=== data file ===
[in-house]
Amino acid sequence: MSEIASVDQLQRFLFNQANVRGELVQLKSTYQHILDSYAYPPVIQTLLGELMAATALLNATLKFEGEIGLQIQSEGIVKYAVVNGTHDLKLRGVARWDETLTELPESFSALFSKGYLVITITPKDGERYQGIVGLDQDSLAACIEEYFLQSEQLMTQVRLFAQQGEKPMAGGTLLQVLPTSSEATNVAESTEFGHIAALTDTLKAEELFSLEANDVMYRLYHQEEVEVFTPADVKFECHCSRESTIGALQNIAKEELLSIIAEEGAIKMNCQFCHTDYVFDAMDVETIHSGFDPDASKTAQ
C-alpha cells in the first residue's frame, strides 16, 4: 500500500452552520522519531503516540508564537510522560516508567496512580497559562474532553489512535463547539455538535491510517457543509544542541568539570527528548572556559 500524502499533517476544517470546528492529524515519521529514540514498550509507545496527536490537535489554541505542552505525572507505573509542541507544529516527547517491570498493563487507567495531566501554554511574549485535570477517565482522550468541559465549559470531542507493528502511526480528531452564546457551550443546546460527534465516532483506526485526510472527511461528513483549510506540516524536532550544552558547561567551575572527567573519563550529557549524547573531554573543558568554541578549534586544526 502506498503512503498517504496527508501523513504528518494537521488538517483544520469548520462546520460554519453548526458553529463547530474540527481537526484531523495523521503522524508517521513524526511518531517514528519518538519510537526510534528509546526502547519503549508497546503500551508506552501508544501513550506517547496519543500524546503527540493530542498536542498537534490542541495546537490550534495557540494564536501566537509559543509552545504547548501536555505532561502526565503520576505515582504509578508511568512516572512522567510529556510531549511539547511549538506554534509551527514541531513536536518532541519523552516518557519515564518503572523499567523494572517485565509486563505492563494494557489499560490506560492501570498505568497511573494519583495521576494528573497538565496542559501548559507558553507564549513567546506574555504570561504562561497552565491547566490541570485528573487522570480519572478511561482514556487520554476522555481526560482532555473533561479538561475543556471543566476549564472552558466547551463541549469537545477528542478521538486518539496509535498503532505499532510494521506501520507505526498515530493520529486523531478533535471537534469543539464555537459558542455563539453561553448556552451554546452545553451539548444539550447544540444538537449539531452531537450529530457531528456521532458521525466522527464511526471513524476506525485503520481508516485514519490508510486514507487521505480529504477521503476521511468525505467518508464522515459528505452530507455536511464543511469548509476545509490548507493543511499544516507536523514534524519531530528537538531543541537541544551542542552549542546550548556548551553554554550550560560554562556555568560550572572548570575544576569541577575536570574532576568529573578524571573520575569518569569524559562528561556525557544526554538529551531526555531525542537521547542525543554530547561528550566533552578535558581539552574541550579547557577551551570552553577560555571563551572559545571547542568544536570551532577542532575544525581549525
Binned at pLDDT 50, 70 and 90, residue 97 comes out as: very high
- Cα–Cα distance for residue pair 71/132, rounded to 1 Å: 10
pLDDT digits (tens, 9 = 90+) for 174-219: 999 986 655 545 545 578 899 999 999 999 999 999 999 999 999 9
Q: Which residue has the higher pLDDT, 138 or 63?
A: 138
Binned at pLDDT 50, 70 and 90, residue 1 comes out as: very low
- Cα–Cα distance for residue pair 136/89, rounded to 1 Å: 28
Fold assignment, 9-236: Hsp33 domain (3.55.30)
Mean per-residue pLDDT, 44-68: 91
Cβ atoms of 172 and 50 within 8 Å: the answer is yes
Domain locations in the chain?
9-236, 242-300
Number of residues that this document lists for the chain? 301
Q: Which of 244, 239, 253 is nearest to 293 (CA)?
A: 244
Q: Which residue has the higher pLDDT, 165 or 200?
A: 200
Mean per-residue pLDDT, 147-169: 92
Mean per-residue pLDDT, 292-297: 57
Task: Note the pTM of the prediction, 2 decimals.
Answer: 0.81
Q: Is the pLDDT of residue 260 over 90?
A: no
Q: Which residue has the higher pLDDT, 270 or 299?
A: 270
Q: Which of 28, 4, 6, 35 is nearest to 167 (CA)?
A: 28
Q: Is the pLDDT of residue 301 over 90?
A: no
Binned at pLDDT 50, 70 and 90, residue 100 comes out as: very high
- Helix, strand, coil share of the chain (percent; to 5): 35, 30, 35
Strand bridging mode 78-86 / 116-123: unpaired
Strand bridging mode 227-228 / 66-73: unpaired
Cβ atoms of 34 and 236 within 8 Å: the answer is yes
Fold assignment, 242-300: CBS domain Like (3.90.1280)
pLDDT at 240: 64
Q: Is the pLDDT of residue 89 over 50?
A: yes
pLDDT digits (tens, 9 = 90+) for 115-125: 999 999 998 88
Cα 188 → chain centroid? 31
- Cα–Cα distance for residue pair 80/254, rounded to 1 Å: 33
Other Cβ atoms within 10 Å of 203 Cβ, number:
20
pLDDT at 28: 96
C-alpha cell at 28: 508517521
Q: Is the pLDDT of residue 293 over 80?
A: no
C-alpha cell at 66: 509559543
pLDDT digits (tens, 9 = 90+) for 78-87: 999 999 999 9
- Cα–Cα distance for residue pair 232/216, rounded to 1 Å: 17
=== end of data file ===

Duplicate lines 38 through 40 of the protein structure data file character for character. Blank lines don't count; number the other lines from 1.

Fold assignment, 242-300: CBS domain Like (3.90.1280)
pLDDT at 240: 64
Q: Is the pLDDT of residue 89 over 50?